NASA's Asteroid Mission Takes Shape as Congress Remains Skeptical

Yahoo Contributor Network

NASA's proposed mission to snag an asteroid and bring it into lunar orbit to be visited by astronauts is beginning to take shape even as arguments over its rationale continue. NASA is asking for $100 million for the mission for FY2014.

According to NasaSpaceFlight.com, the asteroid mission is divided into three parts. They are detection and characterization, rendezvous, capture, and redirection, and finally the expedition to the asteroid by NASA astronauts. The shape of the mission was set forth in a recent presentation to the human exploration and operations committee of the NASA Advisory Council (NAC) by William Gerstenmaier, Associate Administrator for Human Exploration and Operations Mission Directorate.

Detection and characterization

First NASA has to find an asteroid that meets all of its criteria, according to NASASpaceFlight.com. It has to be the right size (about seven meters in diameter according to the original Keck Institute study), the right mass, and the right spin characteristics. The asteroid also has to be already headed toward cislunar space to make it easier to redirect it into lunar orbit. The Keck Institute study suggests that the asteroid be a carbonaceous C-type asteroid containing a mix of volatiles, organic materials, rock, and metal.

Rendezvous, capture, and redirection

Next, a robotic spacecraft, using a 40-kilowatt solar electric propulsion engine, would be sent forth to capture the asteroid and redirect it into a retrograde orbit around the moon, according to NASASpaceFlight.com. The spacecraft would have an inflatable bag or sleeve that would capture the asteroid and a hydrazine system that would help to despin it. Using the continuous thrust possible for an SEP engine, the spacecraft would then deliver it to a lunar orbit that NASA estimates will be stable for a hundred years.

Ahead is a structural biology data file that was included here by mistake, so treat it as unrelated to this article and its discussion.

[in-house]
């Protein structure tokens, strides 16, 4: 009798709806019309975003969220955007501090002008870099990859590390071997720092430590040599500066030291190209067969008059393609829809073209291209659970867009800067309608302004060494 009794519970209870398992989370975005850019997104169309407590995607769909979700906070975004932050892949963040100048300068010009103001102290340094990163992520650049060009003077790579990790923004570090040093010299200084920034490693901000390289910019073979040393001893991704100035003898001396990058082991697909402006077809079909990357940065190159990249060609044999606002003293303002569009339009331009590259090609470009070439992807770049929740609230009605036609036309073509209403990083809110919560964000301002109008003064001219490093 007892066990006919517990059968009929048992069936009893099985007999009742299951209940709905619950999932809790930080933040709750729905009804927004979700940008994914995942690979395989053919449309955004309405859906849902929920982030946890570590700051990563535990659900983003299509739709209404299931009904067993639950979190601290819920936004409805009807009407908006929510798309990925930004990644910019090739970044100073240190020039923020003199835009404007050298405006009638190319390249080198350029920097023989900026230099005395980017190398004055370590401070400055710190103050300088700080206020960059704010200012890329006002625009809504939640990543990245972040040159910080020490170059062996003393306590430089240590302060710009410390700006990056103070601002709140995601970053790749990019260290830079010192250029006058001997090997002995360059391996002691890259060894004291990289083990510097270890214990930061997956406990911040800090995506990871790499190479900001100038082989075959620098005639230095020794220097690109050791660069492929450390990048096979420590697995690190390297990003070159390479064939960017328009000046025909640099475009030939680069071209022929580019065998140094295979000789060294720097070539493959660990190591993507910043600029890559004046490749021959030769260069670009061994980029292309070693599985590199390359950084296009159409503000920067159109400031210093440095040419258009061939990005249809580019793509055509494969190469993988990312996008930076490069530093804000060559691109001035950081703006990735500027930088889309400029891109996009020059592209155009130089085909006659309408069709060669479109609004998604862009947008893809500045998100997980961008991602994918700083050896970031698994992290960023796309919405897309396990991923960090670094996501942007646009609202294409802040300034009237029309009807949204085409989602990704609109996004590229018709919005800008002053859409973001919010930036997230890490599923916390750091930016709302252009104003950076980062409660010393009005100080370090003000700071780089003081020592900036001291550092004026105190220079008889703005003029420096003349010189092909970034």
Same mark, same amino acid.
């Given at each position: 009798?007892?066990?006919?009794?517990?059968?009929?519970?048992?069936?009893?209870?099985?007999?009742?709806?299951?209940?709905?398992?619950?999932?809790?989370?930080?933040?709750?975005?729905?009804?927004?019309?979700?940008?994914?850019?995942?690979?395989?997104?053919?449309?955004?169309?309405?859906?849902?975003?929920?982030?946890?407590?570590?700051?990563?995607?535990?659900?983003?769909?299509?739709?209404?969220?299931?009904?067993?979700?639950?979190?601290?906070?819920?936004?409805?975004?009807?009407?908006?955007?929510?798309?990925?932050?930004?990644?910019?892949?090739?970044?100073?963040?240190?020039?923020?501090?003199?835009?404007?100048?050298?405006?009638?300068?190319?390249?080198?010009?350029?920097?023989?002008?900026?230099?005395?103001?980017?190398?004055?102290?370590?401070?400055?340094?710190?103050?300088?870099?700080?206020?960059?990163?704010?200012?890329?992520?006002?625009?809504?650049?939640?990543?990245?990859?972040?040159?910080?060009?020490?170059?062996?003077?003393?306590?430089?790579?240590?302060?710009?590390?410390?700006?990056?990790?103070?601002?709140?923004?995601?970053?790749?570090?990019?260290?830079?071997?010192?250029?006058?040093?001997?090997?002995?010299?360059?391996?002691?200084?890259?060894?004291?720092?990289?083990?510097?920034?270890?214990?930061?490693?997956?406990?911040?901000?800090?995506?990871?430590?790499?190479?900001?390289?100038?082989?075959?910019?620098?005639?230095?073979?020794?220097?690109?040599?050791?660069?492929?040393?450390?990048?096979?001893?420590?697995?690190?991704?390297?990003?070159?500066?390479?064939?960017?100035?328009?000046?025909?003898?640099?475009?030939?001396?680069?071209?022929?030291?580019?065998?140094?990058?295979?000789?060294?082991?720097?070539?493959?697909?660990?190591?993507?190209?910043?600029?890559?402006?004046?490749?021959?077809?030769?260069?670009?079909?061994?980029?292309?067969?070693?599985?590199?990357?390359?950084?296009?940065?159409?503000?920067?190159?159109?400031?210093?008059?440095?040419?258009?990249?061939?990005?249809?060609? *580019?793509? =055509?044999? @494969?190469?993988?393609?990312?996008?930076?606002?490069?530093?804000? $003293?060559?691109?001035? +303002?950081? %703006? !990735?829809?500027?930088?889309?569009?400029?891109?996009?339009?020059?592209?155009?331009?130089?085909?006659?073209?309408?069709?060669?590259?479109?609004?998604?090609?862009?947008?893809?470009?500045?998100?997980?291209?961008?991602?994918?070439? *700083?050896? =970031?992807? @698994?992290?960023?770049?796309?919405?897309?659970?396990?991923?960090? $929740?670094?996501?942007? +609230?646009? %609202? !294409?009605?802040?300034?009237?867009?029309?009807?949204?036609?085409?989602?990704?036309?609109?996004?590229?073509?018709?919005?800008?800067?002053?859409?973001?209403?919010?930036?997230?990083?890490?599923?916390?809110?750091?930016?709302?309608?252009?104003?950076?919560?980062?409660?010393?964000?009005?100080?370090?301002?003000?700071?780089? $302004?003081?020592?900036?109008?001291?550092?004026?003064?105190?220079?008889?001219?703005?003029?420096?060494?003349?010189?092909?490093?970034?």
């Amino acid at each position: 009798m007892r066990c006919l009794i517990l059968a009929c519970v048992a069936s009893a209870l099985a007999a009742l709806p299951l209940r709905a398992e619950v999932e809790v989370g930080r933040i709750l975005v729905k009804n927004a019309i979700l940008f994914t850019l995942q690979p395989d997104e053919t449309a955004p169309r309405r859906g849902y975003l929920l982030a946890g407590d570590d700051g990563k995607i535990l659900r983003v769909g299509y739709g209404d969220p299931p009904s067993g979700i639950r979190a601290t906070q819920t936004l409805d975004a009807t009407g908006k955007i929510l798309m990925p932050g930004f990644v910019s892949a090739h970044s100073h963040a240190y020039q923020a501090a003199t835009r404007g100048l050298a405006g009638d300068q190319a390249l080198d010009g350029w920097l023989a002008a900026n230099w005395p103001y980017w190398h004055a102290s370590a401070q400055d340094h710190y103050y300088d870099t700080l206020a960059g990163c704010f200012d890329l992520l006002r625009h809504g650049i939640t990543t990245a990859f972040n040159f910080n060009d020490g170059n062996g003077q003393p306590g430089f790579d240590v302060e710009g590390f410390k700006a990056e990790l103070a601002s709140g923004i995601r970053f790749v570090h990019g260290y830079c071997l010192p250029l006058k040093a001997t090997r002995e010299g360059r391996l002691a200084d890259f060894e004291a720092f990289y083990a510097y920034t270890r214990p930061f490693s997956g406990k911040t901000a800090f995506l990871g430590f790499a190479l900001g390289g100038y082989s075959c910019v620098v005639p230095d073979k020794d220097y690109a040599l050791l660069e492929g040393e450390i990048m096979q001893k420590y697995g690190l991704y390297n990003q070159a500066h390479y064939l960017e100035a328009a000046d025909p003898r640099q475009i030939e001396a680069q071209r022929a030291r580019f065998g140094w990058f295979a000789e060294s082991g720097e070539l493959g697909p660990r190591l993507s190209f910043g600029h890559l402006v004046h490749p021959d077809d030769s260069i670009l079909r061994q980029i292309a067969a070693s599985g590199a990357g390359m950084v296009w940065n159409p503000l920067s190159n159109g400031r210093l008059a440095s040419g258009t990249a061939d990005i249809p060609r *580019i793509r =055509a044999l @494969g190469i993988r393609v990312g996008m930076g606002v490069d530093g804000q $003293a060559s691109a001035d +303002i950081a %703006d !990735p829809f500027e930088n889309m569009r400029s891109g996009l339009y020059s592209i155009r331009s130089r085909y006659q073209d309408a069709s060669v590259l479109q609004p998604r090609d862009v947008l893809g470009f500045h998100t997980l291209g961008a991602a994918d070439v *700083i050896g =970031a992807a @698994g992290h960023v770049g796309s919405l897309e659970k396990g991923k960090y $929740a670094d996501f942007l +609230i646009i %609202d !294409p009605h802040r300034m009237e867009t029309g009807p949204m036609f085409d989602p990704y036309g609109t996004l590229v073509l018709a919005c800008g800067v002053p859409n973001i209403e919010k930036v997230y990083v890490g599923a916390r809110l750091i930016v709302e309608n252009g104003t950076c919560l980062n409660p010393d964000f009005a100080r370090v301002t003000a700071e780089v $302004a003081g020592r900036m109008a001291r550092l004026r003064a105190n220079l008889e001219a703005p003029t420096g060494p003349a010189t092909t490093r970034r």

Human mission

Once the asteroid is safely in lunar orbit, a crew of NASA astronauts, flying in an Orion Multi-Purpose Crew Vehicle launched by the heavy lift Space Launch System, would visit the asteroid in a 20-day mission, NASASpaceFlight.com. The astronauts would use a boom of some sort to connect the Orion with the robotic spacecraft, which would remain attached to the asteroid, and use them to translate from the Orion to the asteroid with several space walks. The astronauts would explore the small asteroid and take samples that would be returned to Earth for study.

NASA: asteroid mission all that can be afforded

According to the Orlando Sentinel, NASA Administrator Charles Bolden ran into some skepticism during a House hearing on the space agency's exploration plans. Why not, the question was posed, go to the moon instead? Bolden replied that considering the meager budgets NASA has been getting, the asteroid mission is all that can be afforded.

The Senate was somewhat more favorable to the asteroid mission with the Space Subcommittee Chair Sen. Bill Nelson, D-Fla., expressing enthusiasm and the usually outspoken ranking member, Sen. Ted Cruz, R-Texas, largely silent.

Mark R. Whittington is the author of Children of Apollo, The Last Moonwalker, and Dreams of Barry's Stepfather. He has written on space subjects for a variety of periodicals, including The Houston Chronicle, The Washington Post, USA Today, the L.A. Times, and The Weekly Standard.

View Comments